The coup d’ètat that isn’t a coup

18 11 2017

The power plug has been pulled – one of many jokes doing the rounds

The military have been emphatic; it’s most certainly NOT a military coup. Just a reorganising of the ruling party (ZANU-PF) ranks. To be specific they are going after the “criminals” surrounding the president, Robert Mugabe. One could be forgiven for thinking – which criminals? Good heavens, there must be so many. Actually they mean a rival faction called G40 headed up  by the president’s wife, Grace Mugabe, sometimes known as Gucci Grace for her prolific shopping capacity. Grace who had aspired to the top post of president when her nonagenarian hsuband dies made the mistake of persuading her husband to fire her competitor, Emmerson Mnangagwa, one of the vice presidents (we have two, just in case). She’d just been booed by the crowd at a rally in Bulawayo, Zimbabwe’s second city in the south-west of the country, and was spitting-mad. She’s quite impetuous so might have forgotten that Mnangagwa is a veteran of the bush war against the former Ian Smith regime and has a lot of mates high up in the military.

So on Wednesday morning we woke to the news of a coup that wasn’t. All the signs were that it was; a man in military uniform reading a statement that it was not a coup, the house arrest of President Mugabe and his family (including Grace) and the arrest of members of the G40 faction. The only sign that anything was impending was the sighting the previous evening of military “tanks” (they were amoured personnel carriers) moving into town to take up strategic positions. Gunshots and explosions were reportedly heard in the night but never verified. This was not however a spur-of-the-moment affair, it was meticulously organised.

We now know that General Chiwenga, chief of the armed forces and front man for the non-coup plotters , and Emmerson Mnangagwa met in South Africa with senior political figures after the latter fled the country having been fired. South Africa said it would not interfere so long as an effort was made to evict Mugabe under terms of the constitution.

On his return from visiting China, Gen. Chiwenga organised for a number of troops to meet him at the airport to foil the attempt by chief of police Augustine Chihuri to have him arrested.  Why did he have to let the Chinese know what was up? Perhaps because we owe them a lot of money. Curiously one of the first statements read on the radio included the line “…and thank you to our friends the British and Americans for their assistance”. How interesting. What did they know and when did they know it?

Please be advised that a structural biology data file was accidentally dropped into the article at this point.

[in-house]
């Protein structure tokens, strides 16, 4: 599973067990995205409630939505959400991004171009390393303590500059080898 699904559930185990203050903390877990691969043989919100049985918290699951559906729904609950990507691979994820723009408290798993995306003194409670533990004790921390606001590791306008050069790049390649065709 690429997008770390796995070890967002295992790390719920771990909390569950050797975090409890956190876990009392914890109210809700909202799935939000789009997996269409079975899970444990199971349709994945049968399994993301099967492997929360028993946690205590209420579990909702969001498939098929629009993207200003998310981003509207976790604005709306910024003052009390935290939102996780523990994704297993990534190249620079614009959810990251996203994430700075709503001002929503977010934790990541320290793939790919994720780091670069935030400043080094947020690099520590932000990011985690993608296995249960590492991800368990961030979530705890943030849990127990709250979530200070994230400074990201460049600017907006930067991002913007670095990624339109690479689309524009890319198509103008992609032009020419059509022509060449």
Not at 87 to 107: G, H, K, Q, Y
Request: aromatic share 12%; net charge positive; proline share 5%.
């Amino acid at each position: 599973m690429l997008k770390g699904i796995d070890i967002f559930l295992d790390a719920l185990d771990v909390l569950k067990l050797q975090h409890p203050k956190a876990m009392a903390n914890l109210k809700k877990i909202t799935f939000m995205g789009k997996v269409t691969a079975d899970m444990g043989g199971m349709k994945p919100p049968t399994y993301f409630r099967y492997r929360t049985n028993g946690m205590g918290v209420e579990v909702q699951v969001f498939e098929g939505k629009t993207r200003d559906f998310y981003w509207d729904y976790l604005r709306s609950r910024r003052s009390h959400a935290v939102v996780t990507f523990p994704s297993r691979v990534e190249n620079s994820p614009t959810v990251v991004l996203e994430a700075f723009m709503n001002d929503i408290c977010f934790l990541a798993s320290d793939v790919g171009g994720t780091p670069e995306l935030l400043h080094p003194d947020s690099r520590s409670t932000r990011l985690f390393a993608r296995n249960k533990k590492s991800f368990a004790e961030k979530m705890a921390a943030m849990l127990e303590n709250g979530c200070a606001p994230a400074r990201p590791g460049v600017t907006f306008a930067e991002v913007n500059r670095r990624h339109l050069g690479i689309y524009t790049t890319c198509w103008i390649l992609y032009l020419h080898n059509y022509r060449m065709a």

Yesterday on our early morning excursion to exercise the dogs we passed a troop of soldiers from the local barracks out on a run. They were all to a person dressed in civilian clothing presumably to not worry the inhabitants of the suburb. It is not unusual to see them in this area but they are inevitably wearing some camouflage clothing. This was attention to detail.

On going past the barracks gate a few km down the road I noticed 3 soldiers being inspected by another. I have NEVER seen that in all the years that I’ve been going past. Later in the day a soldier was standing by the side of the road in full uniform with and AK47 and highly polished boots. Dressed to impress I think.

The BBC has been openly quoting “our reporter in Harare” – it’s been a long time since that happened. Clearly the organisers are wanting to project an open image to the world. Foreign reporters have generally been unwelcome in Zimbabwe for the past 10 years or so and are not usually invited to coup events.

Social media has been completely unfettered unlike last year’s disturbance behind the #ThisFlag movement when we were introduced to the VPN concept. Clever; it says look, we are allowing everyone to have a voice.

Police roadblocks have been conspicuously absent since Wednesday morning. There are a few military roadblocks on the way to the airport but they don’t extort money from hapless motorists like the police do and by all accounts they are civil. Somebody went to the effort of choosing the best troops to avoid antagonising the public and to getting the police out of the way as they would have been potential flash points.